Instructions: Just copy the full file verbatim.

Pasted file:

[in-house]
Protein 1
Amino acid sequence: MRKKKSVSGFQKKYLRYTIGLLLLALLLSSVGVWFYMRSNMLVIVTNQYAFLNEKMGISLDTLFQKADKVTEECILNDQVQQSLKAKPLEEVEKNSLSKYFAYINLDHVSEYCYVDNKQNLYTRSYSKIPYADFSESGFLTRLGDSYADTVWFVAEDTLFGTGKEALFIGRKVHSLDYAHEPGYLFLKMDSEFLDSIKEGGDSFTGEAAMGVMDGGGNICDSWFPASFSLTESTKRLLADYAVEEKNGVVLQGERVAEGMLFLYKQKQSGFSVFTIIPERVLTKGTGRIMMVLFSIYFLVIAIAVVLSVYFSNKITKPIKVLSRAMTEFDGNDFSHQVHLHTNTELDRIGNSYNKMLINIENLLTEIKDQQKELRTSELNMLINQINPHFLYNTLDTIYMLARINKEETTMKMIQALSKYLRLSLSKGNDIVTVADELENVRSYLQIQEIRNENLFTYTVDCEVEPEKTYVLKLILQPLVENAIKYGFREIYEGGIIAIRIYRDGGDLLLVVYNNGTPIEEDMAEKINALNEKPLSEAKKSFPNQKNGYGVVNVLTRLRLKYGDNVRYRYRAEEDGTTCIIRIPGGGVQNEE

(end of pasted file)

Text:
[in-house]
Protein 1
Amino acid sequence: MRKKKSVSGFQKKYLRYTIGLLLLALLLSSVGVWFYMRSNMLVIVTNQYAFLNEKMGISLDTLFQKADKVTEECILNDQVQQSLKAKPLEEVEKNSLSKYFAYINLDHVSEYCYVDNKQNLYTRSYSKIPYADFSESGFLTRLGDSYADTVWFVAEDTLFGTGKEALFIGRKVHSLDYAHEPGYLFLKMDSEFLDSIKEGGDSFTGEAAMGVMDGGGNICDSWFPASFSLTESTKRLLADYAVEEKNGVVLQGERVAEGMLFLYKQKQSGFSVFTIIPERVLTKGTGRIMMVLFSIYFLVIAIAVVLSVYFSNKITKPIKVLSRAMTEFDGNDFSHQVHLHTNTELDRIGNSYNKMLINIENLLTEIKDQQKELRTSELNMLINQINPHFLYNTLDTIYMLARINKEETTMKMIQALSKYLRLSLSKGNDIVTVADELENVRSYLQIQEIRNENLFTYTVDCEVEPEKTYVLKLILQPLVENAIKYGFREIYEGGIIAIRIYRDGGDLLLVVYNNGTPIEEDMAEKINALNEKPLSEAKKSFPNQKNGYGVVNVLTRLRLKYGDNVRYRYRAEEDGTTCIIRIPGGGVQNEE